Image: Neue Auftraggeber, Martino Gamper, Nichelino Base Alpha, 2010-2013, Turin, Italy, ©Les Nouveaux Commanditaires-13

Whatever You Want! The Art of the New Patrons
In 1992, the French project Nouveaux Commanditaires (New Patrons) was launched with the aim of creating a new vehicle for supporting the contemporary arts. Instead of relying on private or public funding organisations, the programme encourages local self-managed groups of citizens to establish contact with internationally renowned artists and commission a stand-alone work for their home town. According to the credo of the New Patrons programme, any individual can become a sponsor of an important artwork. More than three hundred productions, many of which have taken several years to complete, have been commissioned in France through this programme so far. The fine arts, architecture, music, theatre – all artistic fields are represented. Financing is generally provided by private and public sponsors. In Germany, New Patrons is still in its infancy. Especially in structurally weak and rural regions, there are many people interested in participating in such a community-based process which allows their voices to be heard and enables them to respond to challenges in their communities through contemporary art.

Any citizen can be a sponsor. Normally New Patrons are small- to medium-sized locally-based groups of citizens who are committed to addressing an urgent, publicly relevant concern or issue in their community or neighbourhood. A mediator will consult and support the New Patrons with finding a suitable, renowned artist who will work together with them to develop an artistic proposal for their respective project. Once the citizens, mediator and artist come to an agreement, the citizens assume responsibility for acquiring financing, organising policy matters, collaborating with regional partners from the artistic and cultural fields, and hosting civic dialogues throughout the commissioning process. An extensive and long-term civic commitment is a prerequisite for the success of these local participation projects.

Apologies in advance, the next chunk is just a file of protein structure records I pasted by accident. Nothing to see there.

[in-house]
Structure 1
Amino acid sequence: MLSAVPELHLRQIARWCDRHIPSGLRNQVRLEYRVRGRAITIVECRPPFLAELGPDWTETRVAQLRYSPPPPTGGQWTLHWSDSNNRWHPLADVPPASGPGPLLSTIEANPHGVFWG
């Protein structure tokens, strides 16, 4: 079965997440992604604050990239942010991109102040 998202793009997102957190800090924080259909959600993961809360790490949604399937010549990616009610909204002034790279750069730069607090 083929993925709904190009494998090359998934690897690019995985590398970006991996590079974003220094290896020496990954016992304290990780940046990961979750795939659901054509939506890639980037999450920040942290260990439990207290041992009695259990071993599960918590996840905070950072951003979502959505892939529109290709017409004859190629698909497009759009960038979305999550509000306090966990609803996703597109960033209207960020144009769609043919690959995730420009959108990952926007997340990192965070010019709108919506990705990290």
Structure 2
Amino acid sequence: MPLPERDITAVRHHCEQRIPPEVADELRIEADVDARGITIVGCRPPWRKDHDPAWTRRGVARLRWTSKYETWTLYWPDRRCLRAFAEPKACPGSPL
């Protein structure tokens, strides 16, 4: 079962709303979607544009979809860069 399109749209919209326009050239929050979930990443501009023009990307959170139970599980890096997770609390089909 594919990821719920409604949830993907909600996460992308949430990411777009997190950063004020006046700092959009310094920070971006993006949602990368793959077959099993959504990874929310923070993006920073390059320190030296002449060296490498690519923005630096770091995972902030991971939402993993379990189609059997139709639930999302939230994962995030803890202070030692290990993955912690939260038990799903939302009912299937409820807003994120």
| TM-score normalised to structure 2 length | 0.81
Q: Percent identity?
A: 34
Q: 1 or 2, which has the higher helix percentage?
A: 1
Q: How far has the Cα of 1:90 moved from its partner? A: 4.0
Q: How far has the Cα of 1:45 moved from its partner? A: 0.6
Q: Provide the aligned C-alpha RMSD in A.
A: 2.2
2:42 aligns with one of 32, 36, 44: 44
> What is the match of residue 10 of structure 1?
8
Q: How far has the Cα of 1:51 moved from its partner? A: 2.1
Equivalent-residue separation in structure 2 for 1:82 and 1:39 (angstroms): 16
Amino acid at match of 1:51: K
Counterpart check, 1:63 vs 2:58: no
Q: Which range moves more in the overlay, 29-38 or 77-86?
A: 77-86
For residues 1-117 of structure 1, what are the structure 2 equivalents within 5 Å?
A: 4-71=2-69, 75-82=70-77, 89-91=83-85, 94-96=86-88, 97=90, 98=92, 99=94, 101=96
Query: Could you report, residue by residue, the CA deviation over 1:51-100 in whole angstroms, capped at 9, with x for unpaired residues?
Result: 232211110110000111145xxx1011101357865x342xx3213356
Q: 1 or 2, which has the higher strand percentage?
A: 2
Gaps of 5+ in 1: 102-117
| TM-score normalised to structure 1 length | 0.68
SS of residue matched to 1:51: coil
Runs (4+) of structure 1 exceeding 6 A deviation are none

This event series presents the New Patrons' projects and, together with various guests, discusses civil society's underestimated ability to take its cultural needs into its own hands. New forms of social cooperation and conflict resolution will be debated, as well as the vision of communities that give themselves their own voices, in order to be the producers and not just consumers of their lives.

With kind support of




Past Activities

Whatever you want! The New Patrons: Decision-Making on the Citizens’ Behalf. Is it Still Democratic?

With Dr. Mark Terkessidis (freelance writer and researcher of migration studies), Prof. Dr. Wolfgang Merkel (Director of the Research Unit Democracy and Democratization at the Berlin Social Science Center), Dr. Juliane Stückrad (Büro für Angewandte Kulturforschung, Eisenach / Department of Cultural Anthropology, Friedrich-Schiller-Universität Jena) and Alexander Koch (Director of Gesellschaft der Neuen Auftraggeber, Berlin)